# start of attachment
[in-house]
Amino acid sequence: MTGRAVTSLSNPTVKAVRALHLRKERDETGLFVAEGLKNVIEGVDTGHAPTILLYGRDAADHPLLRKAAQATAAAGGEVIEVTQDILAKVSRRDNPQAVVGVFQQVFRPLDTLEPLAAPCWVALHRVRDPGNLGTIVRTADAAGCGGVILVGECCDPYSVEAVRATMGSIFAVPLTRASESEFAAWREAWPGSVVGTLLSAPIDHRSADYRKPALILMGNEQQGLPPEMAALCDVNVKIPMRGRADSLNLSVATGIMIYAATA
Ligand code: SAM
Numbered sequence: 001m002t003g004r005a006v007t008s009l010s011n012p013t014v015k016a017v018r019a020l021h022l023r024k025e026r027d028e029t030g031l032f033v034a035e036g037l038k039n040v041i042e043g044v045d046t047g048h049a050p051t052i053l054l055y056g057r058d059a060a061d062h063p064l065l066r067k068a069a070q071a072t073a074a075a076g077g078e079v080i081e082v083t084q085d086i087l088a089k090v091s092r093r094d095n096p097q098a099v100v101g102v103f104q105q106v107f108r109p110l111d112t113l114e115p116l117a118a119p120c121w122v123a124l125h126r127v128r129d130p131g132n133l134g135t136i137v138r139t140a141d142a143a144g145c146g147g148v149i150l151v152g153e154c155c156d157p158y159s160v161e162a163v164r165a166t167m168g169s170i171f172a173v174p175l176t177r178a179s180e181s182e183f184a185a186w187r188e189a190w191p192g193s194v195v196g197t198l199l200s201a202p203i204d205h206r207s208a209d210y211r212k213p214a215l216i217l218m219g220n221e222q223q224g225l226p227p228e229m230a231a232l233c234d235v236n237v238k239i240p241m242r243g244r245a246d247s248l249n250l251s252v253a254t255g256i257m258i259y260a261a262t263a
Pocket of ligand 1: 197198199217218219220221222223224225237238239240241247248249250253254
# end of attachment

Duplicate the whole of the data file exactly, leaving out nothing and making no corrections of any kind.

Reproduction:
[in-house]
Amino acid sequence: MTGRAVTSLSNPTVKAVRALHLRKERDETGLFVAEGLKNVIEGVDTGHAPTILLYGRDAADHPLLRKAAQATAAAGGEVIEVTQDILAKVSRRDNPQAVVGVFQQVFRPLDTLEPLAAPCWVALHRVRDPGNLGTIVRTADAAGCGGVILVGECCDPYSVEAVRATMGSIFAVPLTRASESEFAAWREAWPGSVVGTLLSAPIDHRSADYRKPALILMGNEQQGLPPEMAALCDVNVKIPMRGRADSLNLSVATGIMIYAATA
Ligand code: SAM
Numbered sequence: 001m002t003g004r005a006v007t008s009l010s011n012p013t014v015k016a017v018r019a020l021h022l023r024k025e026r027d028e029t030g031l032f033v034a035e036g037l038k039n040v041i042e043g044v045d046t047g048h049a050p051t052i053l054l055y056g057r058d059a060a061d062h063p064l065l066r067k068a069a070q071a072t073a074a075a076g077g078e079v080i081e082v083t084q085d086i087l088a089k090v091s092r093r094d095n096p097q098a099v100v101g102v103f104q105q106v107f108r109p110l111d112t113l114e115p116l117a118a119p120c121w122v123a124l125h126r127v128r129d130p131g132n133l134g135t136i137v138r139t140a141d142a143a144g145c146g147g148v149i150l151v152g153e154c155c156d157p158y159s160v161e162a163v164r165a166t167m168g169s170i171f172a173v174p175l176t177r178a179s180e181s182e183f184a185a186w187r188e189a190w191p192g193s194v195v196g197t198l199l200s201a202p203i204d205h206r207s208a209d210y211r212k213p214a215l216i217l218m219g220n221e222q223q224g225l226p227p228e229m230a231a232l233c234d235v236n237v238k239i240p241m242r243g244r245a246d247s248l249n250l251s252v253a254t255g256i257m258i259y260a261a262t263a
Pocket of ligand 1: 197198199217218219220221222223224225237238239240241247248249250253254